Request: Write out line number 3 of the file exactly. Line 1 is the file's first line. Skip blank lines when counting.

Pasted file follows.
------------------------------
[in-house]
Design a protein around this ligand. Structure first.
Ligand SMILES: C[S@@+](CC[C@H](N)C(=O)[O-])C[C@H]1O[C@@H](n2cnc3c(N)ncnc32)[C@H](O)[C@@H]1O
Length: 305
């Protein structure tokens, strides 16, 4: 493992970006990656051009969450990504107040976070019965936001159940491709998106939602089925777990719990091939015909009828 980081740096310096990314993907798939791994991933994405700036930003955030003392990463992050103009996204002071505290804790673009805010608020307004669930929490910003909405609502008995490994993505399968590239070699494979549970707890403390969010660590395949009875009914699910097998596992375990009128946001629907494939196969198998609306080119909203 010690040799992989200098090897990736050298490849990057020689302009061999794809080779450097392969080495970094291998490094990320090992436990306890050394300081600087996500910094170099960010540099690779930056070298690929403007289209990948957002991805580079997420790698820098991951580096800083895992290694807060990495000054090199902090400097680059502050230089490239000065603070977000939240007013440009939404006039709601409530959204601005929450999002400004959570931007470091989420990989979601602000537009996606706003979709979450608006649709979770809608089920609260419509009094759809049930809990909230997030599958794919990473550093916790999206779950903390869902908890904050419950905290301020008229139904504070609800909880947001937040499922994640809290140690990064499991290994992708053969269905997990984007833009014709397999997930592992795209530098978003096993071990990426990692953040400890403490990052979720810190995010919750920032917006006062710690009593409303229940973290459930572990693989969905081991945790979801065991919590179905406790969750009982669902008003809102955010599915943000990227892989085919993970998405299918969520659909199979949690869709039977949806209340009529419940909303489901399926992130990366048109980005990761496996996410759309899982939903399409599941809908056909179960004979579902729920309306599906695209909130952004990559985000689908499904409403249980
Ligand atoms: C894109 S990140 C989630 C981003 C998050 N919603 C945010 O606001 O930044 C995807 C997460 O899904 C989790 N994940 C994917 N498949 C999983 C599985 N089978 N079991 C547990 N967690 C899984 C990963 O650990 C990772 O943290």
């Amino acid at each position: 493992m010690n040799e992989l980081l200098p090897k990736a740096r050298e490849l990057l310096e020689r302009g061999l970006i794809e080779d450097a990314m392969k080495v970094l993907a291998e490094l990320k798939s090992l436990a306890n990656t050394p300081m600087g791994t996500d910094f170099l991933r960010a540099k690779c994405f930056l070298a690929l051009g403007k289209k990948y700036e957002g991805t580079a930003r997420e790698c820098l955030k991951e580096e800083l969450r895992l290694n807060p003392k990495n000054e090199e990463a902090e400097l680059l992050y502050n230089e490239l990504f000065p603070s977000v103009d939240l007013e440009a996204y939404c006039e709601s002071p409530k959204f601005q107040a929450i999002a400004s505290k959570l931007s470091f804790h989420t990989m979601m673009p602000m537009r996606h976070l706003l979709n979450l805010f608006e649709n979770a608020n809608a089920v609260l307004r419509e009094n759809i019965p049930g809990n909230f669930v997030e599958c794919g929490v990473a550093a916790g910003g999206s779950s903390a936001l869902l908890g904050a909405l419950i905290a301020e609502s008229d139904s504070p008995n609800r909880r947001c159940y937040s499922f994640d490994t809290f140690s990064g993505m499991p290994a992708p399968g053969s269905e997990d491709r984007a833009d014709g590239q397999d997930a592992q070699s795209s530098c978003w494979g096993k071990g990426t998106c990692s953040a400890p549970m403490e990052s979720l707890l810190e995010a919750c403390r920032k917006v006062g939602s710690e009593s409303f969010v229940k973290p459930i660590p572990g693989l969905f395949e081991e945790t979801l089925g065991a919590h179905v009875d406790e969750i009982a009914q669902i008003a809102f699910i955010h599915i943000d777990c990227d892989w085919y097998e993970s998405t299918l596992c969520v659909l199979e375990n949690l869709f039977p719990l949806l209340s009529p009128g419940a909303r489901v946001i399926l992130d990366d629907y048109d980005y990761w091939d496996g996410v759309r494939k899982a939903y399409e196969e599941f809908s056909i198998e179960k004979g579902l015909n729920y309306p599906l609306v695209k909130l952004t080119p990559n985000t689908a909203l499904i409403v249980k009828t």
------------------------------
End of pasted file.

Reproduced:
Ligand SMILES: C[S@@+](CC[C@H](N)C(=O)[O-])C[C@H]1O[C@@H](n2cnc3c(N)ncnc32)[C@H](O)[C@@H]1O